New Mexico considers statewide plastic bag ban

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SANTA FE, N.M. — Climate advocates reminded New Mexico lawmakers Thursday that the environment is also dependent on state laws and regulations.

There are dozens of bills tackling fuel emissions, water conservation and deforestation during this legislative session at the Roundhouse. There’s also a new, statewide attempt to get rid of plastic grocery bags.

Doña Ana County state Sen. Jeff Steinborn says plastic pollution is a much bigger problem than meets the eye, and believes a statewide ban is the best place to start battling it.

His proposal would prohibit grocery stores and other retailers from handing out plastic bags at checkouts. There is a long list of exceptions for certain food products, dry cleaning, medical supplies, and other instances where plastic is the only viable option.

However, even with those in place, Steinborn says a statewide plastic bag ban would eliminate 500 million plastic bags from New Mexico’s environment.

“The myth that we can recycle them is turning out to be just that a myth,” Steinborn said. “We’re finding plastics being reduced to what they’re calling microplastics in the most pristine places on the environment, that you would never think you’d find plastics at all.”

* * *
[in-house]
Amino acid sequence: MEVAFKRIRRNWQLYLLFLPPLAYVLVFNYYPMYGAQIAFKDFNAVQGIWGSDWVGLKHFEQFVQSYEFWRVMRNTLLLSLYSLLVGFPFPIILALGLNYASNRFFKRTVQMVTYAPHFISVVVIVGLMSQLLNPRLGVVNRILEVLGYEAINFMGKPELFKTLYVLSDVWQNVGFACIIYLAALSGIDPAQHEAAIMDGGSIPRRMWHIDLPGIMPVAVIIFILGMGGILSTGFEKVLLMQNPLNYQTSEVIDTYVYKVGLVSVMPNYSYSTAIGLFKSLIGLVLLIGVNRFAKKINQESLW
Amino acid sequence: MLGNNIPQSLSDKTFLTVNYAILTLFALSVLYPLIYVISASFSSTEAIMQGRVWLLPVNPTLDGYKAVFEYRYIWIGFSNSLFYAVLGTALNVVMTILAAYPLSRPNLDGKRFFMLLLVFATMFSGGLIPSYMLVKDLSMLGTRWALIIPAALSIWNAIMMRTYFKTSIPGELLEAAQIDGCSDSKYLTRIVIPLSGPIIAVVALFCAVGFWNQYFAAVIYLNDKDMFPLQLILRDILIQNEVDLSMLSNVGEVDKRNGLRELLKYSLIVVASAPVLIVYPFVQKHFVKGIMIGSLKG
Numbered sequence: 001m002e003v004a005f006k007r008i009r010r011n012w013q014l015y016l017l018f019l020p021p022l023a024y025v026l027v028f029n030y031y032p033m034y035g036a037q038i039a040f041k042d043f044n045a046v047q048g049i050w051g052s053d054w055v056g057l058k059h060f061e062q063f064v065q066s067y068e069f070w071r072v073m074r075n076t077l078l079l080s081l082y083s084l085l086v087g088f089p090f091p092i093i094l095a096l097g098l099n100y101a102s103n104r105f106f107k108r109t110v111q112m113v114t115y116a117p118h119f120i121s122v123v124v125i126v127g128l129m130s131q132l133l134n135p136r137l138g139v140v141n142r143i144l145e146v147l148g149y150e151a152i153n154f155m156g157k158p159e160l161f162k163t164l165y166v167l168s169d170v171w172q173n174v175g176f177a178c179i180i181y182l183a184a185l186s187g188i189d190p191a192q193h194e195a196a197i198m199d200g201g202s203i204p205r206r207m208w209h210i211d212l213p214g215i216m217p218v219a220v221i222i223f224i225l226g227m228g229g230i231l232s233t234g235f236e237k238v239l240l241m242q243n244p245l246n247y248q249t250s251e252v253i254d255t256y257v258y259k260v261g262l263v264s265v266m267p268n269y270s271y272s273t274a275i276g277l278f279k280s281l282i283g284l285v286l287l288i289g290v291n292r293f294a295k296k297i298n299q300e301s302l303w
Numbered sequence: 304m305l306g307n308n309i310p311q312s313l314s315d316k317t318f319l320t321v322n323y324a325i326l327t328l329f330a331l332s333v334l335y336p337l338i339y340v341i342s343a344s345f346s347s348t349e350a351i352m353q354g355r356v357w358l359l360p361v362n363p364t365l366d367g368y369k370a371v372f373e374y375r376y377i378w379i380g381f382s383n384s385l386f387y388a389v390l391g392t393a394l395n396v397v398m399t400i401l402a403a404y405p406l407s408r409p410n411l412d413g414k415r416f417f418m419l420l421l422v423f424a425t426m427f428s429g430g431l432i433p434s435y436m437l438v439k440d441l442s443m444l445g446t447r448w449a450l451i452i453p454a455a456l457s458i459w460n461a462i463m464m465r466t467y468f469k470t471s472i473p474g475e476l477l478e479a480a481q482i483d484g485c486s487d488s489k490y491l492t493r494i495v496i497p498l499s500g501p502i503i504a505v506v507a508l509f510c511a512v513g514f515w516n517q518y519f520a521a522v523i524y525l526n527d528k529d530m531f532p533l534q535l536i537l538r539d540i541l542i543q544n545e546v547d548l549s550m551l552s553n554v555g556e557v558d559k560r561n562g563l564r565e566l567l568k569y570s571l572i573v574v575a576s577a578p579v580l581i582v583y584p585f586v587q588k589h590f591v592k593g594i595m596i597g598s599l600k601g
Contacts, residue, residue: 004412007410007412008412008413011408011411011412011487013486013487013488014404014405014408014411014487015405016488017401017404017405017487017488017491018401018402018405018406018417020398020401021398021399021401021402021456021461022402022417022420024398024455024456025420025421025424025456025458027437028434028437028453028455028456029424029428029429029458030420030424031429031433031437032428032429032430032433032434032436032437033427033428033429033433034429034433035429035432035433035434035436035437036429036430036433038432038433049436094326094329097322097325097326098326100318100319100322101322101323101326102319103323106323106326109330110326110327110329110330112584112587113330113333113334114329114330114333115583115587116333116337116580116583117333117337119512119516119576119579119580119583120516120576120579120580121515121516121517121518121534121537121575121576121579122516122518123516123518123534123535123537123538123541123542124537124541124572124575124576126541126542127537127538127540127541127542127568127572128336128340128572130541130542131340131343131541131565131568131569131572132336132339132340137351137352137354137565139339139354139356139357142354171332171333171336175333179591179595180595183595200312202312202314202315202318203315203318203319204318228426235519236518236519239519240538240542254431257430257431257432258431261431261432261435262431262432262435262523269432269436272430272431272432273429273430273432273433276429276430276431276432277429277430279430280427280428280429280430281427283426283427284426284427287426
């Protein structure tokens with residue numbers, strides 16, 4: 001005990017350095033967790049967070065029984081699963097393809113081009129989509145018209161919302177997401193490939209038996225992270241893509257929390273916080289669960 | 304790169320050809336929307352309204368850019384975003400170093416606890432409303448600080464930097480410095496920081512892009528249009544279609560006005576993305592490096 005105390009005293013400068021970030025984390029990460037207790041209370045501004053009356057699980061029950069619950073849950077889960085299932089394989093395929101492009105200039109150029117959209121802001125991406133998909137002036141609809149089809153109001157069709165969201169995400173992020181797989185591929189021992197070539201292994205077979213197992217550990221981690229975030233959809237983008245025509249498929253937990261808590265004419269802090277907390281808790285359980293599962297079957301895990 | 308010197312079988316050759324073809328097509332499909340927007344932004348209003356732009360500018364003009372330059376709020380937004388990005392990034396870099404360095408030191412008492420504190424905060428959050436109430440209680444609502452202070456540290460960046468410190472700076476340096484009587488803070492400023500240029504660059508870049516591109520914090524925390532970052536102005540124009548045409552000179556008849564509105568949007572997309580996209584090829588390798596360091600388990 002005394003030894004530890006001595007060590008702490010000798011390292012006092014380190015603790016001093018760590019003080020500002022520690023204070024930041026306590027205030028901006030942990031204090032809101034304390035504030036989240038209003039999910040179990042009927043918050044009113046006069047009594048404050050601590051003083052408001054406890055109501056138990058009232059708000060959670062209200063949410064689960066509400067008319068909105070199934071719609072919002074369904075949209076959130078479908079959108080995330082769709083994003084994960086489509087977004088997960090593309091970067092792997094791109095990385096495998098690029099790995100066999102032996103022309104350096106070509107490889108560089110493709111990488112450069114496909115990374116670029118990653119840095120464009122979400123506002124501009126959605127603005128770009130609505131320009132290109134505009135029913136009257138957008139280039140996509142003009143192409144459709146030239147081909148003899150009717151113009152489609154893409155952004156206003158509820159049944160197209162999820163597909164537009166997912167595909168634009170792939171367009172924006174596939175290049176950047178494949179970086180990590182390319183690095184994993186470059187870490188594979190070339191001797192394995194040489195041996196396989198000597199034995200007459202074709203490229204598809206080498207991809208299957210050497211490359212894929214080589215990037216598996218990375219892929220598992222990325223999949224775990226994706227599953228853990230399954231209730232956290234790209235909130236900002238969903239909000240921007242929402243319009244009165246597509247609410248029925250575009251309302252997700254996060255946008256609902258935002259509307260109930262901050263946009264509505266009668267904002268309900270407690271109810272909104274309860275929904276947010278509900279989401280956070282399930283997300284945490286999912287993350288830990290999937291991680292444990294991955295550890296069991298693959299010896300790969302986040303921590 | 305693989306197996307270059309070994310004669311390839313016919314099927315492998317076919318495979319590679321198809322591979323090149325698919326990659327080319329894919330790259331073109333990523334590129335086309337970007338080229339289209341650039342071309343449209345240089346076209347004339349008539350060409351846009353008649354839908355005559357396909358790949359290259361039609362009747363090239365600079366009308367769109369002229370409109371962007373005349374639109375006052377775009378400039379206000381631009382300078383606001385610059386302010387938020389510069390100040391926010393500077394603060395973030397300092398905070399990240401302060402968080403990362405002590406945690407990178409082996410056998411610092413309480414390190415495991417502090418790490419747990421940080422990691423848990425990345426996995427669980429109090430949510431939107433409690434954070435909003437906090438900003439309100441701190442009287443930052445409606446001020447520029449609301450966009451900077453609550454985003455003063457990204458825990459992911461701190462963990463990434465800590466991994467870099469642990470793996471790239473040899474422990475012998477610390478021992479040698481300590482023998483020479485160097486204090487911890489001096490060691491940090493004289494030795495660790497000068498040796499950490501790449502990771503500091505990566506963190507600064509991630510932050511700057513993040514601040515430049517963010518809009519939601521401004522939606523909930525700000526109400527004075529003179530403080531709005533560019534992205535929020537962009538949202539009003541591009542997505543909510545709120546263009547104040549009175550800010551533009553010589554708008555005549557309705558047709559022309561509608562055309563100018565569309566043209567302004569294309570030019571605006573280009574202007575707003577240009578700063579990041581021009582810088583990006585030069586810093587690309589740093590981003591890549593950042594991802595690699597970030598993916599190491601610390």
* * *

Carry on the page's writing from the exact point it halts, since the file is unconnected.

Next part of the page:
Plastic bag bans are not new to the state. Santa Fe and Las Cruces already have their own restrictions in place.

Albuquerque enacted its own plastic bag ban in 2020, but it was suspended during the pandemic and city councilors eventually repealed it a few months later.

Steinborn said they took all of that into consideration with the legislation.

“We really tried to pull the best language from all of these bills to not only define, you know, what is plastic, what is a good reusable bag that’s environmentally friendly,” Steinborn said. “One thing we wanted to watch out for here was not kind of a bait and switch where we you know, did something that maybe felt good and then replaced it with something that was also environmentally dubious.”

Albuquerque dealt with that bait-and-switch problem early on.

Steinborn said his Senate bill was pulled from Thursday’s committee meeting, and that was on purpose. He said an identical bill in the House is gaining momentum, and it’s looking more likely that one will cross the finish line.

Track House Bill 432 during the legislative session.